Insects use pheromones to find mates. Scientists have long known this and have developed mating disruption programs widely used by growers today.
But insects also find mates with vibrations: pickup lines, responses and rivalry challenges all broadcast through plant tissue. Researchers in Italy, California and Washington are trying to use those shaky mating calls against the orchard and vineyard pests that make them. If it works, vibrational signaling could join pheromone disruption, early detection, trapping and other tools as part of successful integrated pest management strategies.
“It’s complementary to what we have right now with IPM,” said Rachele Nieri, a biologist at the University of Trento.
Nieri has been involved with two veins of vibrational signaling research. One entails playing recorded American grapevine leafhopper vibrations along a vineyard trellis wire to disrupt the pest’s mating cycle. The other uses the mating call of a brown marmorated stink bug to augment a pheromone trap.
The leafhopper project is nearing commercialization.
In 2017 and 2018, in a commercial vineyard in Northern Italy, playing mating calls through trellis wire led to a 50 percent decrease in leafhopper population compared to the control with no vibrations.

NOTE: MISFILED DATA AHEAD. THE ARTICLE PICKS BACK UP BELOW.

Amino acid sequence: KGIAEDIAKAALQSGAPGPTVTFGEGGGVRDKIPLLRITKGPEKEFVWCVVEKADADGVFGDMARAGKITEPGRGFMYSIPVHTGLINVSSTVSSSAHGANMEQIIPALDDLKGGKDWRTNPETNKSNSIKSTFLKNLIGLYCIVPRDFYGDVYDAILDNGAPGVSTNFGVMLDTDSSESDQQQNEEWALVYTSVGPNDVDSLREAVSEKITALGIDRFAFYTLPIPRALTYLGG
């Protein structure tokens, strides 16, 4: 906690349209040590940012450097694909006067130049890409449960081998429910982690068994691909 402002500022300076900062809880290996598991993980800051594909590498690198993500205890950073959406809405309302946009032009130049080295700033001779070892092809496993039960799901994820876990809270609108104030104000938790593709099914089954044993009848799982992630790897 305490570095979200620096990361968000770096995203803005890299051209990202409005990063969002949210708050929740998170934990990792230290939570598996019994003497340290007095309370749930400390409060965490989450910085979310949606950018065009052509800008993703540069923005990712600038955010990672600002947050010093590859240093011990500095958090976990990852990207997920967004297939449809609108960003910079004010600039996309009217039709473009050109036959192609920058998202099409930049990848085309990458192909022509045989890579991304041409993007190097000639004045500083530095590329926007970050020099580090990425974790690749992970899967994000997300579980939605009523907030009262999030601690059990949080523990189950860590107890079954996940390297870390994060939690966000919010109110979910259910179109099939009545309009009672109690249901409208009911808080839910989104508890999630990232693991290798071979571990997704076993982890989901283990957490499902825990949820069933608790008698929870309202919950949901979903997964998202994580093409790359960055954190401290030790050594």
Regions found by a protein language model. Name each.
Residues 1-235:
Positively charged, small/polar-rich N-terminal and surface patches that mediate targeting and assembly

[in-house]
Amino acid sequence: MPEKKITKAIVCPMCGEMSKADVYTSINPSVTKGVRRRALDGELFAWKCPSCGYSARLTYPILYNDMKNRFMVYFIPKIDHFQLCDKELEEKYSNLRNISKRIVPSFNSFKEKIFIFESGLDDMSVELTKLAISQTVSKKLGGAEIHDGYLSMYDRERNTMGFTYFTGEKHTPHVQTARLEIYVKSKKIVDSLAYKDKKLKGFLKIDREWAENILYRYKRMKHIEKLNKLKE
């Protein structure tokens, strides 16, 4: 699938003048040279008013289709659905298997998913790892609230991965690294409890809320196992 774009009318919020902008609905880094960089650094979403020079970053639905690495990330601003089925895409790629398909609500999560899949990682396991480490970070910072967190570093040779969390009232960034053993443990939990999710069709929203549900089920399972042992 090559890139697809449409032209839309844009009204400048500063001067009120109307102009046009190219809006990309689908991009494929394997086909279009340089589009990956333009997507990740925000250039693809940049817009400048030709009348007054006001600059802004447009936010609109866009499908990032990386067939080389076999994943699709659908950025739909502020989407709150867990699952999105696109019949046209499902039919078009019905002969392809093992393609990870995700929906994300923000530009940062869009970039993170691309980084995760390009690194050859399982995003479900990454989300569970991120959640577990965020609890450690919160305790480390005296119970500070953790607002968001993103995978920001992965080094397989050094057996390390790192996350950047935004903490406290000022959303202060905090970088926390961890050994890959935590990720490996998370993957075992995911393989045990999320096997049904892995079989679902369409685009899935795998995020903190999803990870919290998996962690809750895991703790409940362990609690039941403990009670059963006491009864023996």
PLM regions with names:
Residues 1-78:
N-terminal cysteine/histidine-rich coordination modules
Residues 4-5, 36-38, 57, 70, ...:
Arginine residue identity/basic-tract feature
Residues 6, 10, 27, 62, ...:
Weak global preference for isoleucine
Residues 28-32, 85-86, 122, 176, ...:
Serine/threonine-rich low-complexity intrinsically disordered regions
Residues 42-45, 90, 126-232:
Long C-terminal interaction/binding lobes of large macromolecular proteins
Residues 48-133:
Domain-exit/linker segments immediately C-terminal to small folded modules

Buoyed by the results, the university partnered with Agro Electronics of Milan, a research and development unit of CBC Europe, to build prototypes. They came up with Tremos5, a solar-power shaker that hitches onto a vineyard post.
The device emits the recorded call of a male rival leafhopper, which throws the mating duets of nearby males and females off tune and thwarts their reproductive game. Triggered by a temperature threshold, the machine creates a near continuous loop of quivering, with only short pauses, Nieri said, because duetting leafhoppers don’t waste much time.
By the way, entomologists in this field really use the word “duets” to describe such tremulatory courting rituals. The field of study is called biotremology.
Agro Electronics held a few trials last year but plans areawide tests this year in 110 acres in different growing regions of Italy and one small trial in Champagne, France, over a variety of growing conditions, climates and cultivars.
The target price for enough shakers to cover one acre is $3,750 to $5,000, said Marco Baldo of Agro Electronics. The Tremos5 broadcasts about 165 linear feet.